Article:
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EVERETT-SCOTT, TOM : An American Werewolf in Paris

AN AMERICAN ACTOR IN EUROPE
It took four hours each day to do the icy cold, sticky make up that transformed Tom Everett Scott from a clean cut American to a messed up werewolf victim but, he tells ANDREW L. URBAN there were compensations, like seeing Europe, working with Julie Delpy and jumping off the Eiffel Tower.

Its a still, cold, January night in Manhattan, and Tom Everett Scott is at home with wife Jenny, in their apartment overlooking Central Park. The 27 year old actor finished shooting An American Werewolf in Paris over a year ago, but he remembers it well, especially Europe: "I was over in Europe, primarily in Luxembourg, for about four months; it was a lot of fun. It was my first visit to Europe and I got to see Paris for a couple of weeks, also Munich, Amsterdam and Bruxelles. But we worked mostly in Luxembourg and I had a quaint apartment there; it was very nice."

He also remembers vividly that bungee jump off the top of the Eiffel Tower in which he literally falls for Julie Delpys character, Serafine. One of the early sequences in the film, this quite dazzling scene looks like the real thing. Of course, it couldnt be.

"They hooked us up to wires and turned on big wind machines," Everett Scott explains. "They shot it in front of a giant green screen and superimposed us against the back drop. Its all done with computers. So its really some of my best acting (laughs). But we did go up the Eiffel Tower - that was a real gas. We were up there between midnight and sunrise and noone else was on it. Were lucky, us actors."

"I do like that bungee jump sequence, I think its my favourite part in the film."

Pieced together seamlessly, that sequence too the best part of the four month shoot to actually manufacture.

"I do like that bungee jump sequence, I think its my favourite part in the film. You know we filmed that one sequence over the entire shooting schedule piece by piece. If it rained and we were supposed to shoot outside, wed go inside and shoot a little bit more for that scene. It was hours and hours and hours, of angles and hanging from wires and being suspended on a bungee inside a studio. I saw all the work that went into it and it came out looking fantastic. To me thats a great example of the fun of making a movie."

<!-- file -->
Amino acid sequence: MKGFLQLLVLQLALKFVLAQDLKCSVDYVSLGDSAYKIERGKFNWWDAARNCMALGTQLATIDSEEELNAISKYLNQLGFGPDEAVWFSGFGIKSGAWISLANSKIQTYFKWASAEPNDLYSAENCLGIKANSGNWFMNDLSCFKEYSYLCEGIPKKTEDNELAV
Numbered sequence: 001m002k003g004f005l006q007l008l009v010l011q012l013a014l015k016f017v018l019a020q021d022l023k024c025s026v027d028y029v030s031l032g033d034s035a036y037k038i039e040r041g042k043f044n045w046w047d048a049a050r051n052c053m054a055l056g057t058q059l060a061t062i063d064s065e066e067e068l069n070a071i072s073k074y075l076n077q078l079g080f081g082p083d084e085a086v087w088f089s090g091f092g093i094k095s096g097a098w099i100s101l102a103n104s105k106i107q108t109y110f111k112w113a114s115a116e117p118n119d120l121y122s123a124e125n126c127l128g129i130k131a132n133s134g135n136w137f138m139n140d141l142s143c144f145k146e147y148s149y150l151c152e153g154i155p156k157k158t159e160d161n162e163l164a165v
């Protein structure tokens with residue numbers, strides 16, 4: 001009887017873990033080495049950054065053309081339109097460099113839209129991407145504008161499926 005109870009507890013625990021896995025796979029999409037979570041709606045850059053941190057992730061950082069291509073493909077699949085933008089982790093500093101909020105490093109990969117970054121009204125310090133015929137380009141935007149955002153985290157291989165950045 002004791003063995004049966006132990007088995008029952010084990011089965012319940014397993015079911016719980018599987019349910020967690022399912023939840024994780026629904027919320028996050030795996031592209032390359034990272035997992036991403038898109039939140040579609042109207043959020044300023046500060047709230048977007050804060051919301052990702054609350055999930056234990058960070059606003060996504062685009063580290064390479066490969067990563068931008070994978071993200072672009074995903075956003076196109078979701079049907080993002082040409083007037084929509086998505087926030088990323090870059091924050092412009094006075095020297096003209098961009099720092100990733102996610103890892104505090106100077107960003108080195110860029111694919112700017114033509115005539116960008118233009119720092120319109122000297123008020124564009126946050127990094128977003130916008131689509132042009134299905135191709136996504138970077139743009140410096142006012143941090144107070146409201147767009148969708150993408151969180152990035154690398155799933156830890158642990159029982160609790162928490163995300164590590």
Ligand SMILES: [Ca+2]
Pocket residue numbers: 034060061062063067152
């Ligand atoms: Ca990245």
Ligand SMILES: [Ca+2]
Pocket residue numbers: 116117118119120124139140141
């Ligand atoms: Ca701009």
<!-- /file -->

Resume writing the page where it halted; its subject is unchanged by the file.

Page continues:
Everett Scott had liked the original, An American Werewolf in London, and when he read the script, he liked the fact that the mix of humour and horror were retained in a fresh adventure but based on a similar notion. Here, three young Americans on a European trip, come across a beautiful young woman who is more than she looks. Her dreadful secret brings them all into her nightmare in the ancient catacombs beneath the streets of Paris, where unimaginable horror lurks.

Coming from a theatre background, Everett Scott was nevertheless a movie fan. He had seen people he would later work with on the screen, people like Delpy and Tom Hanks.

"I saw Julie Delpy in a few movies before working with her, like Three Colours White, Before Sunrise and Killing Zoe. I liked her acting work quite a bit, so I was glad to work with her."

"Hes great, hes very funny and I also saw a lot of myself in him." on Tom Hanks

And the actor who had a great influence on him? "Well first of all, Tom Hanks; and I also quite like Paul Newman. But Tom Hanks, even before working with him (in That Thing You Do, Tom Hanks directing debut), I was a fan. Hes great, hes very funny and I also saw a lot of myself in him. And I thought if hes making it work, then maybe I could have a shot. But then, getting to work with him was truly kind of crazy. And he did really hand out a lot of great advice. Things like Dont eat too much while youre shooting. (laughs). No, Im kidding; just little things, tactful things."

Quietly spoken, economical with his answers, Everett Scott was brought up in Boston, Massachusetts, where he graduated from Syracuse University. "Nobody else in the family is in this business," he says with a hint of surprise. "My dads an engineer and my mum works in insurance. They put their four kids through college - three sisters and me, and we all grew up in a small town. The furthest I got from there was when I went to DisneyWorld in Miami in high school. But Id never flown on a plane until after college and I got a job in a TV commercial in Miami. I was 22 years old."

"I liked being the centre of attention."

Although he flirted with a course in communications ("I had no idea what Id in that,") he was destined for showbiz from an early age: "As a kid I liked telling stories whether they were true or not and I liked being the centre of attention. I like telling jokes and making people laugh and I think I just naturally just got into acting. The school play just kind of jumped out at me as something I would like to do and I did. I liked it very much."

Now, with a few films under his belt, he has warmed to the filmmaking process:

"I get the biggest kick out of just doing it. I dont really know how to describe it. And I really get off on working with a lot of people to make something happen in film."

Now, with the New York winter evening cloaking the view from his window, Everett Scott is at the end of a string of interviews and has serious plans: "I think were going to go and get something to eat right now. Some Italian place."

Tom Everett Scotts next films to be released are Dead Man on Campus, and River Red, which screened at this years Sundance Festival.

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